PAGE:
Cook County Should Stand Strong With Immigrant Families

Last September the Cook County Board of Commissioners approved an ordinance that required the federal government to reimburse the county for placing 48 hour immigration “holds” on people suspected of being undocumented immigrants. Today the board will vote on an amendment that would reverse some parts of the ordinance, a vote that is fueled by attacks, misinformation, and criminalization of undocumented immigrants.

The passage of this legislation was a victory for immigrant families who continue to be threatened by record breaking levels of deportations. It was also a victory for the county’s beleaguered taxpayers who are estimated to spend $15 million a year holding other county residents in jail because federal officials think they might be undocumented. The ordinance makes our communities safer by breaking down fear and mistrust of the justice system in immigrant communities. Law enforcement is most effective when it works in cooperation with those it seeks to protect.
The passage of this legislation is a victory for immigrant families who no longer have to fear that a broken tail light could mean a mother not seeing her children for years.
However, the ordinance has recently come under attack by opponents who argue that the law jeopardizes public safety by freeing detainees who might present a threat to others or who might not appear in court. County Commissioner Timothy Schneider has proposed to amend the ordinance so that immigration holds continue to be enforced for people who are accused of committing felonies.
The Chicago Tribune columnist John Kass recently published an articlesupporting Schneider’s amendment that focused on the case of Saul Chavez. Last summer Chavez was arrested after running over killing a pedestrian while driving drunk. This fall he was released on 25,000 dollars bond. He failed to appear for a November court date and appearances indicate that he has jumped bail.When Kass reviews this case, he focuses on the fact that Chavez is a Mexican national who overstayed his green card. He argues that if Chavez had been detained for an extra 48 hours under an immigration hold, he wouldn’t have had the opportunity to flee.Kass misses the point when he fixates on Chavez’s immigration status. Chavez was able to to flee because a judge in the criminal justice system decided to release him on bond.  The Chavez case is a criminal justice issue, not an immigration issue. We have an entire criminal justice system designed to protect the public from individuals who might be dangerous. The immigration system has a very different set of priorities. It doesn’t make sense to make the immigration system do something it wasn’t designed to do. It has much lower standards for due process and makes plenty of mistakes on its own. If we really want to make our county a safer place, we should instead focus on fixing the flaws in its justice system.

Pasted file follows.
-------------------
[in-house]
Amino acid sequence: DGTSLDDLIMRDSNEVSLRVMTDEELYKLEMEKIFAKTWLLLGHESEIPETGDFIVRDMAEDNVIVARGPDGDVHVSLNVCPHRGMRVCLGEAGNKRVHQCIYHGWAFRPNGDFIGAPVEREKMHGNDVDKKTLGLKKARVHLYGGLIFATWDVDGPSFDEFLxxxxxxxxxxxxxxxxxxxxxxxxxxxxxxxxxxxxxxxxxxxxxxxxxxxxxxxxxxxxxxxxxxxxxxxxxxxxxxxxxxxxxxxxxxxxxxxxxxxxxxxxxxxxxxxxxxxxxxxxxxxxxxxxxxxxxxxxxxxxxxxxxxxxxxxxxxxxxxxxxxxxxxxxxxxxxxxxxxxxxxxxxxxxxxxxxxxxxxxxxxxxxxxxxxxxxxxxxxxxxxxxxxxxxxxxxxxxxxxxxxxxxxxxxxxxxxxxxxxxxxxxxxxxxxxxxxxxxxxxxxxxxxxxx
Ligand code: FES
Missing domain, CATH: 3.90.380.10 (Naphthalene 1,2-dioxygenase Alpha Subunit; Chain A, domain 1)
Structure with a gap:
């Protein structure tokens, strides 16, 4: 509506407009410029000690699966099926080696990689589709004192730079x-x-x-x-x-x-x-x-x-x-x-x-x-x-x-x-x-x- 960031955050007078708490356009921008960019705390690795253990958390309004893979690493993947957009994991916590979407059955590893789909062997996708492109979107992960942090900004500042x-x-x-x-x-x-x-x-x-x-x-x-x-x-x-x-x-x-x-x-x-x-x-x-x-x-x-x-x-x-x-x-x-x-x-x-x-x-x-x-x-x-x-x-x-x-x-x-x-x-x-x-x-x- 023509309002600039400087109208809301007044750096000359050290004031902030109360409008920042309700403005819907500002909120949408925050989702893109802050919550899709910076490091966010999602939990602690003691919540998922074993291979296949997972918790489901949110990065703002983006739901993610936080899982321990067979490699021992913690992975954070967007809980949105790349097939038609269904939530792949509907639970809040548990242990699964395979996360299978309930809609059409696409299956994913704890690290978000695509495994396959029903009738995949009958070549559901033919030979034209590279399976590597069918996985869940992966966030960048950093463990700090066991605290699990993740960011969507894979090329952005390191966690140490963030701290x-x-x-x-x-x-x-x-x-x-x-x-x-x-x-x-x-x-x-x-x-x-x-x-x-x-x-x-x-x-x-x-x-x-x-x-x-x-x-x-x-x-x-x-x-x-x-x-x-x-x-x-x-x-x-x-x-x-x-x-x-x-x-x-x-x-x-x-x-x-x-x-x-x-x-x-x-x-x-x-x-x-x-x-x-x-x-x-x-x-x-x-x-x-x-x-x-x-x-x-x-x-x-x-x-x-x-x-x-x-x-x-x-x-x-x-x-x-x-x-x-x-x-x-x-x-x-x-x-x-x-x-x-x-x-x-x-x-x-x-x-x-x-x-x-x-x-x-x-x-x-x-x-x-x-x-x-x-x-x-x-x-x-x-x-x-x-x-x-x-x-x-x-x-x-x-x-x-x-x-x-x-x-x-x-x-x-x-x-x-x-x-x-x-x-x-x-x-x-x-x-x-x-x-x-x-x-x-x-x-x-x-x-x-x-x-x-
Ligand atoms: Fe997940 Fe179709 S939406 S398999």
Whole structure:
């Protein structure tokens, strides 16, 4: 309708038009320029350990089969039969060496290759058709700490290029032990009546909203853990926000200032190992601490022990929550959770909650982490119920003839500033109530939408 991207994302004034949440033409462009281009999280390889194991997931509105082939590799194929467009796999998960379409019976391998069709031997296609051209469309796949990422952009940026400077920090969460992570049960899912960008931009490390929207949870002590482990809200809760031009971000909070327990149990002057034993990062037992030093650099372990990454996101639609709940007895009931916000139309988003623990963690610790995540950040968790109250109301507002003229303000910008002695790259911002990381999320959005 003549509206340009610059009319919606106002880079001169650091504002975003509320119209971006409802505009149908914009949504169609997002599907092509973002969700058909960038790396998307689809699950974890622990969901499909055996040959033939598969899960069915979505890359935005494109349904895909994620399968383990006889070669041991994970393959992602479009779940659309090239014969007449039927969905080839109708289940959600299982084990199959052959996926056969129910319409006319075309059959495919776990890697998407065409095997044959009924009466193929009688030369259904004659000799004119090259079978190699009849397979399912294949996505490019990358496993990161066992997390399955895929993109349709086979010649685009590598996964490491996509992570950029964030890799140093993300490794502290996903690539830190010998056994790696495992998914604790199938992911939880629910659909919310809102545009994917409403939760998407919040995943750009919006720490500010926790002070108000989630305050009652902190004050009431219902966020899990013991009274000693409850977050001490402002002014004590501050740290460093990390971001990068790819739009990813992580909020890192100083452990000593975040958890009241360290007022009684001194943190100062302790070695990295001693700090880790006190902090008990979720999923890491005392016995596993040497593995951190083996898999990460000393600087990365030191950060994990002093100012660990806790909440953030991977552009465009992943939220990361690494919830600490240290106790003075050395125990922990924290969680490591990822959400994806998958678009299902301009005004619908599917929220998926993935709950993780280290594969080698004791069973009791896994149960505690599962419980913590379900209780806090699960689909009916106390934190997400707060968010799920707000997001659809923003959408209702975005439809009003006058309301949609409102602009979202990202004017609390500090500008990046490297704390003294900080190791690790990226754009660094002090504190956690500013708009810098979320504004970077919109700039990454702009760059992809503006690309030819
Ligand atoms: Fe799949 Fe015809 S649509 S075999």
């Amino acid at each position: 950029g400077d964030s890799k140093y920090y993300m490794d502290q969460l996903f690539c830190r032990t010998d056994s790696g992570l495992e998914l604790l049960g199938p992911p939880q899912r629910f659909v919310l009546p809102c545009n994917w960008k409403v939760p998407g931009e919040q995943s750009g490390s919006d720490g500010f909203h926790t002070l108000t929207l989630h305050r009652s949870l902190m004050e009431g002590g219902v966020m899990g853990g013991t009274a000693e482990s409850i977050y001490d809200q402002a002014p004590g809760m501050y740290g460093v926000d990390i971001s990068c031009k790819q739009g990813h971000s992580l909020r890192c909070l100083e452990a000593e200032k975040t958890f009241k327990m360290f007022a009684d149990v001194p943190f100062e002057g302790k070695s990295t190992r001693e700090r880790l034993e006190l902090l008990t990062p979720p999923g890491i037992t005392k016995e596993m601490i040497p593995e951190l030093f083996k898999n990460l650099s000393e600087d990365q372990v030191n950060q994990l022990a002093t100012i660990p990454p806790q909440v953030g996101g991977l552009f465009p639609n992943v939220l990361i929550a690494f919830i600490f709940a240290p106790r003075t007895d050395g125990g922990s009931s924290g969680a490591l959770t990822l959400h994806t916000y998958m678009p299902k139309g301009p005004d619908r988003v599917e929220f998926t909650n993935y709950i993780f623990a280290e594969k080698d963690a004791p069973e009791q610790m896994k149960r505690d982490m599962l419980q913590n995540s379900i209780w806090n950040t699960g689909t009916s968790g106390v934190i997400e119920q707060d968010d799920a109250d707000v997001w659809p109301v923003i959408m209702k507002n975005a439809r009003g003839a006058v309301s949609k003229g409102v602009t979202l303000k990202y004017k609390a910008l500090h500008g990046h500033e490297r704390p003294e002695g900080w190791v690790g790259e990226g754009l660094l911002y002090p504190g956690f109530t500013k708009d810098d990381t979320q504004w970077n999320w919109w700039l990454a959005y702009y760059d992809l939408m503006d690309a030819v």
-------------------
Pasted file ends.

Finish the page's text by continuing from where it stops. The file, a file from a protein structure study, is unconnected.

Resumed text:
Kass and others seeking to amend the ordinance claim that they aren’t “anti-immigrant.” If this is true, then they shouldn’t set a double standard for immigrants who end up in Cook County jail. If the ordinance is amended, immigrants who are accused of committing felonies (accused, not convicted) will risk being deported and torn away from their families. Citizens charged with the same crimes will not face this threat even if they are just as likely to flee or endanger others.

Amending the ordinance will not contribute to public safety and will only perpetuate institutional discrimination against immigrants. It is important that we don’t let this amendment pass. Contact the Cook County Board right now and ask them not to give into the politics of fear and keep the Cook County ICE detainer ordinance intact.


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